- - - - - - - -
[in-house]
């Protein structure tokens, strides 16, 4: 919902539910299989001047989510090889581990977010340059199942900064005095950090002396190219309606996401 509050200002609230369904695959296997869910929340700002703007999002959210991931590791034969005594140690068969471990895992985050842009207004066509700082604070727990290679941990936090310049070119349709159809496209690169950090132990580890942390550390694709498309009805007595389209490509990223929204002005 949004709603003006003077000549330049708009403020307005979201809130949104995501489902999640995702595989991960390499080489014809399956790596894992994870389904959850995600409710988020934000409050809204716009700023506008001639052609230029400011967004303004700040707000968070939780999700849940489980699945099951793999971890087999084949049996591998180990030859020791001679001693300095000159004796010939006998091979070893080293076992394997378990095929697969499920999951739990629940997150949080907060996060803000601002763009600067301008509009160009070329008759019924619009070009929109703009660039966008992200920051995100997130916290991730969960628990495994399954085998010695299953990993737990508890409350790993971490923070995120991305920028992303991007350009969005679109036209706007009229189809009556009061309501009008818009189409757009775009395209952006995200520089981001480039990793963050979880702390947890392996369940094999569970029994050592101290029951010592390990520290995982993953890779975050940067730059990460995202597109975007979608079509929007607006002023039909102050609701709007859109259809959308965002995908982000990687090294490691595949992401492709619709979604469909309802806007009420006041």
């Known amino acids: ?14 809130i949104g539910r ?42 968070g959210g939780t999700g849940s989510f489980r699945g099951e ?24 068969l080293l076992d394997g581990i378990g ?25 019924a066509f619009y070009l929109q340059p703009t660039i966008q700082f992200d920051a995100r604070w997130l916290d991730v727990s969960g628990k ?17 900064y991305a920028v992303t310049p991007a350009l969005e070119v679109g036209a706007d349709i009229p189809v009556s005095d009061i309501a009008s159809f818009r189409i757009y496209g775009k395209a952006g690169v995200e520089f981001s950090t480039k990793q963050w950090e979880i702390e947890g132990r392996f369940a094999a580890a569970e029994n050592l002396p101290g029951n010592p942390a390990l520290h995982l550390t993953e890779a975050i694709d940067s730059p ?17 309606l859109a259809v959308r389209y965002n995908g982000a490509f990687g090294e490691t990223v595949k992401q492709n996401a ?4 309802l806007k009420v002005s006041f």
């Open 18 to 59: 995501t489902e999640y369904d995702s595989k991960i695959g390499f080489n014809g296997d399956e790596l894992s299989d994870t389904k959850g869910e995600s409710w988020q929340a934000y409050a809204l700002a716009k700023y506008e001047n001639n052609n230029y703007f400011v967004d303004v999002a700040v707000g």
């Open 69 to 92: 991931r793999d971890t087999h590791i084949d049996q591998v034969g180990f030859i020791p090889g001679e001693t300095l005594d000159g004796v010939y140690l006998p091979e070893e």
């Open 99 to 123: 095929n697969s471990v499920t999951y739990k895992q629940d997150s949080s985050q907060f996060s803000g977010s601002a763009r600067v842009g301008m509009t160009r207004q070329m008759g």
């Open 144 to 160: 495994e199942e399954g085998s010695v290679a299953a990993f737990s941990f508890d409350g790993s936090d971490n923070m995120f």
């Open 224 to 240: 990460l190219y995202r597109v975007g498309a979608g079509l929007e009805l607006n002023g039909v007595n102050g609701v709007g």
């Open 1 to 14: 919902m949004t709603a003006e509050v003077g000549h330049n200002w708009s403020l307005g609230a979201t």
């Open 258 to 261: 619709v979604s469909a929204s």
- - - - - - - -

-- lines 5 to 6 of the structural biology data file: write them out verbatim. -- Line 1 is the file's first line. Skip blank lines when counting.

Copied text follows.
């Open 69 to 92: 991931r793999d971890t087999h590791i084949d049996q591998v034969g180990f030859i020791p090889g001679e001693t300095l005594d000159g004796v010939y140690l006998p091979e070893e």
């Open 99 to 123: 095929n697969s471990v499920t999951y739990k895992q629940d997150s949080s985050q907060f996060s803000g977010s601002a763009r600067v842009g301008m509009t160009r207004q070329m008759g």